* Uncertainty in polynomial roots
:PROPERTIES:
:date: 2013/07/05 09:10:09
:updated: 2013/07/07 08:40:41
:categories: uncertainty, data analysis
:END:
Polynomials are convenient for fitting to data. Frequently we need to derive some properties of the data from the fit, e.g. the minimum value, or the slope, etc... Since we are fitting data, there is uncertainty in the polynomial parameters, and corresponding uncertainty in any properties derived from those parameters.
Here is our data.
#+tblname: data
| -3.00 | 8.10 |
| -2.33 | 4.49 |
| -1.67 | 1.73 |
| -1.00 | -0.02 |
| -0.33 | -0.90 |
| 0.33 | -0.83 |
| 1.00 | 0.04 |
| 1.67 | 1.78 |
| 2.33 | 4.43 |
| 3.00 | 7.95 |
#+BEGIN_SRC python :var data=data
import matplotlib.pyplot as plt
x = [a[0] for a in data]
y = [a[1] for a in data]
plt.plot(x, y)
plt.savefig('images/uncertain-roots.png')
#+END_SRC
#+RESULTS:
[[./images/uncertain-roots.png]]
#+BEGIN_SRC python :var data=data
import matplotlib.pyplot as plt
import numpy as np
from pycse import regress
x = np.array([a[0] for a in data])
y = [a[1] for a in data]
A = np.column_stack([x**0, x**1, x**2])
p, pint, se = regress(A, y, alpha=0.05)
print p
print pint
print se
plt.plot(x, y, 'bo ')
xfit = np.linspace(x.min(), x.max())
plt.plot(xfit, np.dot(np.column_stack([xfit**0, xfit**1, xfit**2]), p), 'b-')
plt.savefig('images/uncertain-roots-1.png')
#+END_SRC
#+RESULTS:
: [-0.99526746 -0.011546 1.00188999]
: [[-1.05418017 -0.93635474]
: [-0.03188236 0.00879037]
: [ 0.98982737 1.01395261]]
: [ 0.0249142 0.00860025 0.00510128]
[[./images/uncertain-roots-1.png]]
Since this is a quadratic equation, we know the roots analytically: \(x = \frac{-b \pm \sqrt{b^2 - 4 a c}{2 a}\). So, we can use the uncertainties package to directly compute the uncertainties in the roots.
#+BEGIN_SRC python
import numpy as np
import uncertainties as u
c, b, a = [-0.99526746, -0.011546, 1.00188999]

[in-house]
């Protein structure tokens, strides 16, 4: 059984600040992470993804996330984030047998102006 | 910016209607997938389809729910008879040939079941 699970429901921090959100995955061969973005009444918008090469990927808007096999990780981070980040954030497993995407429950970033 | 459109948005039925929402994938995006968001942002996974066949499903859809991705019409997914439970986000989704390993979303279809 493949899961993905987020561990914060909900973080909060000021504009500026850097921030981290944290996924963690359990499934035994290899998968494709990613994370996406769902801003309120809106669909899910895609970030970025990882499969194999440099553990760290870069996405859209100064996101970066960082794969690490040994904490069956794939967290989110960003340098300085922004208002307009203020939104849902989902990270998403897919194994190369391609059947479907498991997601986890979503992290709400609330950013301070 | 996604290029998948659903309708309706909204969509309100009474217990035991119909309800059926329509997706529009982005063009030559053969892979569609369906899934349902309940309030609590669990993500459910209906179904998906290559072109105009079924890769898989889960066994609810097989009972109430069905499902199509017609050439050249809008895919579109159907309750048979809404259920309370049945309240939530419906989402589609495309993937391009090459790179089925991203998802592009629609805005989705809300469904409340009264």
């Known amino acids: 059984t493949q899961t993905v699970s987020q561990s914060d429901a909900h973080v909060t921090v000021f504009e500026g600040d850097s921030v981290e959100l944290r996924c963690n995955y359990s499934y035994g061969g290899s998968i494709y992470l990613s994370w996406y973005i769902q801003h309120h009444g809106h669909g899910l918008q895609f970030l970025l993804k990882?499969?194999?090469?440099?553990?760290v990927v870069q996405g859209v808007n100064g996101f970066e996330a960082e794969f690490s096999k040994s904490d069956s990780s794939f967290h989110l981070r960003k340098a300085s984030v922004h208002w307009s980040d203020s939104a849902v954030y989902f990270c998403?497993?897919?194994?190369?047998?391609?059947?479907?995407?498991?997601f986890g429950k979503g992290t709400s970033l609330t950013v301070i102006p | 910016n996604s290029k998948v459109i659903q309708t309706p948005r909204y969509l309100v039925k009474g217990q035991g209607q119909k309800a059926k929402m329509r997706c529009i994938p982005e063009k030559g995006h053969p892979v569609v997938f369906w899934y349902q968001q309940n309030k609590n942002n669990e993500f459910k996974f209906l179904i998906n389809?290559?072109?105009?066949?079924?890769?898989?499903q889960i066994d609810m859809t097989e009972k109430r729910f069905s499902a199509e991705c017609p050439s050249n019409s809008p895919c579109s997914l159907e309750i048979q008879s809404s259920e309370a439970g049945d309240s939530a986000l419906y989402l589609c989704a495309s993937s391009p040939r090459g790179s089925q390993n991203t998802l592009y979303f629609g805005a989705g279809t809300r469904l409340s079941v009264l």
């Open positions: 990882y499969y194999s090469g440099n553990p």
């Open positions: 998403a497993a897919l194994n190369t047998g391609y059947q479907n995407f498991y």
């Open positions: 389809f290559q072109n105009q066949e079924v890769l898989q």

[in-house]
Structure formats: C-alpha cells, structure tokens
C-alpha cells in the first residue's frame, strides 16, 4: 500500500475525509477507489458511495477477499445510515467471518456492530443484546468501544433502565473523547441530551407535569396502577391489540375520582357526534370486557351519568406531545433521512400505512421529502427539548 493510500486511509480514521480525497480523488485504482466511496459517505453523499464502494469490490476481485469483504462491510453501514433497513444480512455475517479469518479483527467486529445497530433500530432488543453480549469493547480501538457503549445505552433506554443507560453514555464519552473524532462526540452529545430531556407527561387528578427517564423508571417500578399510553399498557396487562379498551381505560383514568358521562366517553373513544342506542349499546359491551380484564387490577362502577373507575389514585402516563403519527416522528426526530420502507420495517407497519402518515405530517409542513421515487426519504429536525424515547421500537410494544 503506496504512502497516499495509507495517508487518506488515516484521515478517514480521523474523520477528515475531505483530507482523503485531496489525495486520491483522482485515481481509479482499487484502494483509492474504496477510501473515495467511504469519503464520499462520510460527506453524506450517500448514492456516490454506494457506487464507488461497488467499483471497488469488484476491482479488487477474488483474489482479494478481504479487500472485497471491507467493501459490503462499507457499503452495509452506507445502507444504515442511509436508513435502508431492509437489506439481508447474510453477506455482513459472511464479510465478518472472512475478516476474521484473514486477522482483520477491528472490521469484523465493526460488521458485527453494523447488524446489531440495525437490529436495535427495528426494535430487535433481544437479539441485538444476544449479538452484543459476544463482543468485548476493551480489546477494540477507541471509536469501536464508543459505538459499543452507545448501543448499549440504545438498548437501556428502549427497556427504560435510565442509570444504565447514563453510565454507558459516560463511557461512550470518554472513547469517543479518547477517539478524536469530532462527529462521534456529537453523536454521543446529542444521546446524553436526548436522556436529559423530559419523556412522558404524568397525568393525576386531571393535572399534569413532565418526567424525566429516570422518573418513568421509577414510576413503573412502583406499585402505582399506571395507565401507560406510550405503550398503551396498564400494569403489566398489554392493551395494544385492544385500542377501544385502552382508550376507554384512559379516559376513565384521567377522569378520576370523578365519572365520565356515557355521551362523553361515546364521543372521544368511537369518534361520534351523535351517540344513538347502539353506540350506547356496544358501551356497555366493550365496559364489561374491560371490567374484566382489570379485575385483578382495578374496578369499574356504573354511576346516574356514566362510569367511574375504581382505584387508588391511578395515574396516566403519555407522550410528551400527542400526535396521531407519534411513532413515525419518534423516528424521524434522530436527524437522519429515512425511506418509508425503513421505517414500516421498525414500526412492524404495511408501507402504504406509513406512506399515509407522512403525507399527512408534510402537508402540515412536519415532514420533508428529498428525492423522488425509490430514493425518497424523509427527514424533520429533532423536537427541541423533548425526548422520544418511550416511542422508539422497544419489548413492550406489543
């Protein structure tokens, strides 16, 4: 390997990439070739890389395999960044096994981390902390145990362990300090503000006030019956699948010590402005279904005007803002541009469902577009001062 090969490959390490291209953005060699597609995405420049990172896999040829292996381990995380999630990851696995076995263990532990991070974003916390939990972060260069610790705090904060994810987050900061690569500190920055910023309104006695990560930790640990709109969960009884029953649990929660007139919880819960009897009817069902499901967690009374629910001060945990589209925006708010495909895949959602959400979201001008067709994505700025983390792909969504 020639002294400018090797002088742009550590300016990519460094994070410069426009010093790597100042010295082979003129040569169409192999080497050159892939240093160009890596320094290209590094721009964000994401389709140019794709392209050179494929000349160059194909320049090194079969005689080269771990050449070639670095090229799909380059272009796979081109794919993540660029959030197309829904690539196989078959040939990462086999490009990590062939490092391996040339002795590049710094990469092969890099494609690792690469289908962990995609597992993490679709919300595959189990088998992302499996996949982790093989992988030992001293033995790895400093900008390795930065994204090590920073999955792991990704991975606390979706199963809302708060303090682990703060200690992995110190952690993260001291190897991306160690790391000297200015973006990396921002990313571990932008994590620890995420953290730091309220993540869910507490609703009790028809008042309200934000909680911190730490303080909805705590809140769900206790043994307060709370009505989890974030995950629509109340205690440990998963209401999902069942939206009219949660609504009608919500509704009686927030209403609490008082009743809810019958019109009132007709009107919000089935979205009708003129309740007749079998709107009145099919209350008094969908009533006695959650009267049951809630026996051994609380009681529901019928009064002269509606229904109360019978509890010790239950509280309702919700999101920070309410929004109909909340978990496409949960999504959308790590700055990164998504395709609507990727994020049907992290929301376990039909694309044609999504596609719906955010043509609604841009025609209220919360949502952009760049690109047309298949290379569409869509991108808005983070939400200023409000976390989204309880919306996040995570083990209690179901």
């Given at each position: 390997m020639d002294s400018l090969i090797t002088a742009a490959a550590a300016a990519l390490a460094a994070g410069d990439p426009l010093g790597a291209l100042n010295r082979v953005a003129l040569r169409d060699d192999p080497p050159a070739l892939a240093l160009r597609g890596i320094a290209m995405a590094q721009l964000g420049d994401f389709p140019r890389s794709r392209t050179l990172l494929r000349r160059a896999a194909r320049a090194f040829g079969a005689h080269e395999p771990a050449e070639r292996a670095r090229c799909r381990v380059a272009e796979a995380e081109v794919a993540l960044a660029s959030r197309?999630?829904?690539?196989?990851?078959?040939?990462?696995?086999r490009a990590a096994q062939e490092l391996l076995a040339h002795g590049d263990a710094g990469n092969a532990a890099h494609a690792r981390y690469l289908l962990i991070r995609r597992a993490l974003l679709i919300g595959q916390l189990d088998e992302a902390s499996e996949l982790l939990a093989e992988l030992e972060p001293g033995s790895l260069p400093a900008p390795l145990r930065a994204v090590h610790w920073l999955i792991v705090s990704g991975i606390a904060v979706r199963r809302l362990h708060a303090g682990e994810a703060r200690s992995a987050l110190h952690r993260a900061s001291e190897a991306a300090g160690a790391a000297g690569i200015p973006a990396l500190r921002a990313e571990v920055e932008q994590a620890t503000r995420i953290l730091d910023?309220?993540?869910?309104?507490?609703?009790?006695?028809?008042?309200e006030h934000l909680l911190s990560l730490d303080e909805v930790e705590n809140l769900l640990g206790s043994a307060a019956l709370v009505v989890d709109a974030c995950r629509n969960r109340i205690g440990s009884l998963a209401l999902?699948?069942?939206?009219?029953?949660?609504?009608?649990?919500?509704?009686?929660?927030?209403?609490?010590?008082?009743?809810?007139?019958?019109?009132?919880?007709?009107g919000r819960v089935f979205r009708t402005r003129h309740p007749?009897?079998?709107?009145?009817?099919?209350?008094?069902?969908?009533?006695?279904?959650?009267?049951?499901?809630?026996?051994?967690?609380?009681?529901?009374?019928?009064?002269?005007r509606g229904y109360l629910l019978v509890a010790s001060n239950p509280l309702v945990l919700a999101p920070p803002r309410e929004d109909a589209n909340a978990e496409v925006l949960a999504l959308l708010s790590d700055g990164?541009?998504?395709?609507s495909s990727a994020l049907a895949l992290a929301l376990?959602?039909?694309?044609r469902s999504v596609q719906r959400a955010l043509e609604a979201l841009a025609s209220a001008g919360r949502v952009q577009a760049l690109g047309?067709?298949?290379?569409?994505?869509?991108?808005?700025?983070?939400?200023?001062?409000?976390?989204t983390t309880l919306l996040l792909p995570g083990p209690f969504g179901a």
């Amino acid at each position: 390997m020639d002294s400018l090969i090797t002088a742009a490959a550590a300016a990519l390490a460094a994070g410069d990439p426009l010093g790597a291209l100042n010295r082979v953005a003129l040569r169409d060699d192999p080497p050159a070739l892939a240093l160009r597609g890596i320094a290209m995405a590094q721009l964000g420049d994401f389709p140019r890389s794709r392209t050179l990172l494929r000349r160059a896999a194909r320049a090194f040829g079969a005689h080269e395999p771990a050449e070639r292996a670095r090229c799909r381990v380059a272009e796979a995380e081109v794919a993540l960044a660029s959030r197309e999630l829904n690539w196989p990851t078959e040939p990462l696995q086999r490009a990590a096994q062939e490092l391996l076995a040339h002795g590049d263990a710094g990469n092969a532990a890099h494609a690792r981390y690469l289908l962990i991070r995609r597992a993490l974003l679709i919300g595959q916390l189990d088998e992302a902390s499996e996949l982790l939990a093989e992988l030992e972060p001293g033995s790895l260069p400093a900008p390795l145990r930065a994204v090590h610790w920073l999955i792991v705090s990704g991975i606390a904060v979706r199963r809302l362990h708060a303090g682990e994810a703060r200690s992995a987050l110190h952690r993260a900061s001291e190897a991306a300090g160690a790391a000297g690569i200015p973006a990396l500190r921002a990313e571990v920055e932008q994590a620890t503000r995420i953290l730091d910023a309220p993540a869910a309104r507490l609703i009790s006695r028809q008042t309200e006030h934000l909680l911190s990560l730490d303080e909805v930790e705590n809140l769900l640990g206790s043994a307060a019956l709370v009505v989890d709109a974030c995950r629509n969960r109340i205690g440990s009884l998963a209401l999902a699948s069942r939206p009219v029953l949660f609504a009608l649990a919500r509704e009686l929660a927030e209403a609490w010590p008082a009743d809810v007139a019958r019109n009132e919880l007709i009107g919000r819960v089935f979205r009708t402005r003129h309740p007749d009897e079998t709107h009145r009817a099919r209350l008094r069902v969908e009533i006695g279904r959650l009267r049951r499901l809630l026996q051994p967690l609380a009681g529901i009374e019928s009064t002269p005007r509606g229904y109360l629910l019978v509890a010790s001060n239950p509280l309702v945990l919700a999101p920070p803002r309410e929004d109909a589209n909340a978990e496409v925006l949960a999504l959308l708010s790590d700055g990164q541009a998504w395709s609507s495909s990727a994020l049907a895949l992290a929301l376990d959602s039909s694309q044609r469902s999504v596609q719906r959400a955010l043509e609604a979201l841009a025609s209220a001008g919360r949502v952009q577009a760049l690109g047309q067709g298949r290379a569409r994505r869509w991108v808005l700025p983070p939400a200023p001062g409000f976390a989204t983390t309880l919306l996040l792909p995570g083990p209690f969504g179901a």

sc, sb, sa = [ 0.0249142, 0.00860025, 0.00510128]
A = u.ufloat((a, sa))
B = u.ufloat((b, sb))
C = u.ufloat((c, sc))
# np.sqrt does not work with uncertainity
r1 = (-B + (B**2 - 4 * A * C)**0.5) / (2 * A)
r2 = (-B - (B**2 - 4 * A * C)**0.5) / (2 * A)
print r1
print r2
#+END_SRC
#+RESULTS:
: 1.00246826738+/-0.0134477390832
: -0.990944048037+/-0.0134208013339
The minimum is also straightforward to analyze here. The derivative of the polynomial is $2 a x + b$ and it is equal to zero at $x = -b / (2 a)$.
#+BEGIN_SRC python
import numpy as np
import uncertainties as u
c, b, a = [-0.99526746, -0.011546, 1.00188999]
sc, sb, sa = [ 0.0249142, 0.00860025, 0.00510128]
A = u.ufloat((a, sa))
B = u.ufloat((b, sb))
zero = -B / (2 * A)
print 'The minimum is at {0}.'.format(zero)
#+END_SRC
#+RESULTS:
: The minimum is at 0.00576210967034+/-0.00429211341136.
You can see there is uncertainty in both the roots of the original polynomial, as well as the minimum of the data. The approach here worked well because the polynomials were low order (quadratic or linear) where we know the formulas for the roots. Consequently, we can take advantage of the uncertainties module with little effort to propagate the errors. For higher order polynomials, we would probably have to do some wrapping of functions to propagate uncertainties.